Roommates and Friends Lead Opposing College Political Groups
Jan. 20, 2015
BLOOMINGTON, Ill.— Democratic and Republican elected officials should take a lesson
from Illinois Wesleyan’s Brexton Isaacs ’15 (Byron, Ill.) and Doug Burrichter ’15
(Batavia, Ill.) in how to get along with the other side.
The two friends share an apartment in the Gates at Wesleyan, but not political ideologies.
Isaacs is president of the College Democrats at Illinois Wesleyan, while Burrichter is the immediate past president of the College Republicans. Both are political science majors who aspire to work in the electoral sphere.
Not surprisingly, the two don’t see eye to eye politically; they can’t even agree
as to why President Barack Obama and Congress disagree (Burrichter thinks it’s ideology;
Isaacs believes it has more to do with political posturing).
They do concur, however, that it’s possible for both politicos and regular citizens
to disagree without things turning nasty.
The two share their apartment with two other students: one Democrat and one Republican,
so the ideologies are evenly split. “Our political discussions do get heated, but
it’s passion, not anger,” said Isaacs. “We don’t hold grudges.”
Burrichter paraphrased Thomas Jefferson’s 1800 letter to William Hamilton, where Jefferson
wrote that he never considered a difference of opinion in politics as cause for withdrawing
from a friend.
“When people lose sight that they are not looking at the individual’s character when
disagreeing over politics, that’s when friendships are lost, and that’s unnecessary,”
said Burrichter, who has headed the College Republicans since his sophomore year.
“That’s one thing all of us realize.”
Isaacs has led the College Democrats at IWU for three years, and also serves as president
of the College Democrats of Illinois and as an officer for the College Democrats of
“Working with campus chapters across the country, I get a reaction of surprise whenever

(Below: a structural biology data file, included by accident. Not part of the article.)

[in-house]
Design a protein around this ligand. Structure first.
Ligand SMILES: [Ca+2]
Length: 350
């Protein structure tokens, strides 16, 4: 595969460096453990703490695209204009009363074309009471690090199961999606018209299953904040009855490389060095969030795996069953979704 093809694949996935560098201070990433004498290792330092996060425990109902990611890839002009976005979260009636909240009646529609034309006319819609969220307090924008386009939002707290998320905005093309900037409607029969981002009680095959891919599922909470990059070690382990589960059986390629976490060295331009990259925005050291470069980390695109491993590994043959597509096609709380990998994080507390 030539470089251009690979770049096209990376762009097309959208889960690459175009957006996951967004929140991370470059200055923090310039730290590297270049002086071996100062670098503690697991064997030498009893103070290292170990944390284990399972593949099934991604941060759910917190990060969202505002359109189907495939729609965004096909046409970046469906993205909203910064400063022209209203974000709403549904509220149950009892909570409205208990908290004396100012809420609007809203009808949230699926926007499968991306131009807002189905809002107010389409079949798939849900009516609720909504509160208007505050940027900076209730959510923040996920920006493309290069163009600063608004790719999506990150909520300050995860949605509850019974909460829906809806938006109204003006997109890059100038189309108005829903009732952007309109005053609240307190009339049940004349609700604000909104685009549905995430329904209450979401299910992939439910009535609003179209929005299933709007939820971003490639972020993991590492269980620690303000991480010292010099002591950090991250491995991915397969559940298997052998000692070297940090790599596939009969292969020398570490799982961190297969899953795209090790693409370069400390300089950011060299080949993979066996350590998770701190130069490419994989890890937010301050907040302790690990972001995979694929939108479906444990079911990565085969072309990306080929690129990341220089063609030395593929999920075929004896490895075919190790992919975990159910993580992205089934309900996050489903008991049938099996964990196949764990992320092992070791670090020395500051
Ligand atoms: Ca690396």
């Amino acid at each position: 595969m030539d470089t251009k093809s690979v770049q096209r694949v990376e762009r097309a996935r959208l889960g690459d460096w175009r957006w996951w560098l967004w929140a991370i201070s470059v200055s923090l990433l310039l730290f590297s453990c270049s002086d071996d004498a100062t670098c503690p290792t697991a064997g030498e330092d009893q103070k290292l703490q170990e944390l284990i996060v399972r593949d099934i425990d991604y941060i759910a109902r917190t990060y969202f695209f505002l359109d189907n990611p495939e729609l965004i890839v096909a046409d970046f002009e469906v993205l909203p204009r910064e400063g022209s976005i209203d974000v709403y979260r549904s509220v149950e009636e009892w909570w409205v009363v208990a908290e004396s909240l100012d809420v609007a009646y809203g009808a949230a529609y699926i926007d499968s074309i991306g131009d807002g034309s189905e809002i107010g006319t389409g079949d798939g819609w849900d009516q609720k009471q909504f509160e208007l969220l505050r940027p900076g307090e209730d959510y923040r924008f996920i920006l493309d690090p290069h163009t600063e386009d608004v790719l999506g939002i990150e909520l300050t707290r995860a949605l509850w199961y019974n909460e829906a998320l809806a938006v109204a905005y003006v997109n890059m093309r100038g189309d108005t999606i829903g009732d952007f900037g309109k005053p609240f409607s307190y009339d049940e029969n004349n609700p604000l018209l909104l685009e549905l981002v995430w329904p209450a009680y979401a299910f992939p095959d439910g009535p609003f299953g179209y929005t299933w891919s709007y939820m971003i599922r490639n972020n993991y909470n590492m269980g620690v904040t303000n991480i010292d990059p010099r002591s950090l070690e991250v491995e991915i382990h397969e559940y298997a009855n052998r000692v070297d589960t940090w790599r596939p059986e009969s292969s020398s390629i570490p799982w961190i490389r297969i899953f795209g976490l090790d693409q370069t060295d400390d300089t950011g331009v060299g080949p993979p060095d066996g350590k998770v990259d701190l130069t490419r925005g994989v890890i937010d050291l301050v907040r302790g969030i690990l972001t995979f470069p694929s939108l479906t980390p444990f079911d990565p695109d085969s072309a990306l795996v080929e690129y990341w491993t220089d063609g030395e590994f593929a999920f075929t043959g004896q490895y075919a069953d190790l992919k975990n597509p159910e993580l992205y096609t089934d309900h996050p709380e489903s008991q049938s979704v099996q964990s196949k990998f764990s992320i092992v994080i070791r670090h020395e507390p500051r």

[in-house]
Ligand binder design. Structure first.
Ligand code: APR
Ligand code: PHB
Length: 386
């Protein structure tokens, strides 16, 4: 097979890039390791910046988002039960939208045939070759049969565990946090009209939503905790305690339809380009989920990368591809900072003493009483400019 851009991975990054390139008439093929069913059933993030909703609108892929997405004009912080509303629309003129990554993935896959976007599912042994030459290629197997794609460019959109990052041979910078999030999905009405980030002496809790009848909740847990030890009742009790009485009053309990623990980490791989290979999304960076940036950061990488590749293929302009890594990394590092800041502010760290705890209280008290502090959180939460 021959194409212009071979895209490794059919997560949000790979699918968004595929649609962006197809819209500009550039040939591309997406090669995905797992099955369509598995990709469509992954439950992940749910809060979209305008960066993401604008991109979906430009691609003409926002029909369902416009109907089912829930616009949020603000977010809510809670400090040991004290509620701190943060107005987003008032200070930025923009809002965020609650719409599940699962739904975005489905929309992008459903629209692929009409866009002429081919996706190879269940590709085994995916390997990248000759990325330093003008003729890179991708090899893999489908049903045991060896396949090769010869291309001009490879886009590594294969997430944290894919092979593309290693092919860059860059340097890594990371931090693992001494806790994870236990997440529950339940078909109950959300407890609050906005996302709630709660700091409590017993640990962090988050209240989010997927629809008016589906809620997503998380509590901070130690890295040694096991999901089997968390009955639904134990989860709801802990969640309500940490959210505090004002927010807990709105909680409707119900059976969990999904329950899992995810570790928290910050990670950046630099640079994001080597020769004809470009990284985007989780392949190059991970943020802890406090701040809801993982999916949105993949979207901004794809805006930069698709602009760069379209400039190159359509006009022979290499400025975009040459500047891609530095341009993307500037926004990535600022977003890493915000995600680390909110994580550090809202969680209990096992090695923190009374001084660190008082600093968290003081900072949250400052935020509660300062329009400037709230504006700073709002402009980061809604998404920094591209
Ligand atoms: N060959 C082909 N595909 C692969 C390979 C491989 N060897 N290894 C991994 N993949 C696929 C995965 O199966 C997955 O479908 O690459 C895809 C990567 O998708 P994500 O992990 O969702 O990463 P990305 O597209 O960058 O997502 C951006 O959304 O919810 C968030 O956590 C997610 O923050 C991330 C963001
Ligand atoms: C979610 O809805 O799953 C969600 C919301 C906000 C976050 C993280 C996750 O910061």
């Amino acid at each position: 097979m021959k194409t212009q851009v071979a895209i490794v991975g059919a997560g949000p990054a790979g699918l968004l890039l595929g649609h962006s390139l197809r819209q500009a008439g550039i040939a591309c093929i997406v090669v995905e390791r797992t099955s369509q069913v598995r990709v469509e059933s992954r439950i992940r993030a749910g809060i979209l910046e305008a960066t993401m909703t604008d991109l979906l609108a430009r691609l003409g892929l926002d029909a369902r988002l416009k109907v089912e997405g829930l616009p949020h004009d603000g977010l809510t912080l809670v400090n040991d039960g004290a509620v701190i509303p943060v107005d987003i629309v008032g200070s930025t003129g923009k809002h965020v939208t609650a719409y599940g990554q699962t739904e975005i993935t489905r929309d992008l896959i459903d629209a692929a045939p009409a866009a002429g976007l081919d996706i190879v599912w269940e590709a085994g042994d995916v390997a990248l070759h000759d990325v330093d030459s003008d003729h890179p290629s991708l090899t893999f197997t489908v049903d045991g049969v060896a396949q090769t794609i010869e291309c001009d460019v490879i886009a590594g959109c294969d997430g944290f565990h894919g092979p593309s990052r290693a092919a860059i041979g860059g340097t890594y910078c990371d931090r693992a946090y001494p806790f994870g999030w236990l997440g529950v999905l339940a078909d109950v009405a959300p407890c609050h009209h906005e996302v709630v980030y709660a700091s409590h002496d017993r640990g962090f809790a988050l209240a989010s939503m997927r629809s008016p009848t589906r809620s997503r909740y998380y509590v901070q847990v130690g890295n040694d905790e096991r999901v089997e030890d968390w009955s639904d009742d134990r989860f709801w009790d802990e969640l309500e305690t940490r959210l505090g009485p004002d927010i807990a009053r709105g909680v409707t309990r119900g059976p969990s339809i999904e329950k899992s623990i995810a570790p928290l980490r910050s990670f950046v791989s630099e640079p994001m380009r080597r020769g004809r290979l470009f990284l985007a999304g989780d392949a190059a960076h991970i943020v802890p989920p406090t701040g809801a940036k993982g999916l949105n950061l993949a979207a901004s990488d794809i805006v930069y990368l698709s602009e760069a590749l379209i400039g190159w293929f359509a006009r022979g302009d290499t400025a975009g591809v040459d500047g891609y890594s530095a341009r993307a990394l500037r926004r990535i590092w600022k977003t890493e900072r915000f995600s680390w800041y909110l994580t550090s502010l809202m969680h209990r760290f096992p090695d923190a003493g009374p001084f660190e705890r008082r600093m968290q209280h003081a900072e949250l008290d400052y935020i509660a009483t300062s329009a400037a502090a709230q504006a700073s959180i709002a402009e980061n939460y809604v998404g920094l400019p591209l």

I tell people I live with the College Republicans president on my campus,” said Isaacs.
“I find that living with two conservatives makes me better at defending my positions.
I’m challenged regularly about why I believe the things I do, and I’m living with
an in-house debate team.”
Isaacs used that debate experience Jan. 19 as the College Democrats and College Republicans
considered whether Illinois should adopt a voter ID law. The public forum was part
of Illinois Wesleyan’s annual Teach-In that commemorates the legacy of Dr. Martin
Luther King, Jr.
In the debate, the Burrichter-led Republican team opined that prominent leaders in
both parties have acknowledged voter fraud as a problem. The logical, appropriate
response to the problem, according to the College Republicans, is to implement voter
ID laws in Illinois.
Voter ID laws, the College Democrats countered, would have prevented few actual cases
of voter fraud in the U.S. They also argued that voter ID laws decrease voter turnout
and disproportionately affect disadvantaged groups such as minorities, students and
Like so many of Burrichter and Isaacs’ personal discussions, the forum ended with
the sides agreeing to disagree. “When politics is your business, like it is for me,
I know I am going to win and lose some debates,” said Isaacs. “When you don’t take
it personally, it’s actually easy to have conversations where things get heated.”
Burrichter quipped: “And as long as we keep beating them in dodgeball, that’s all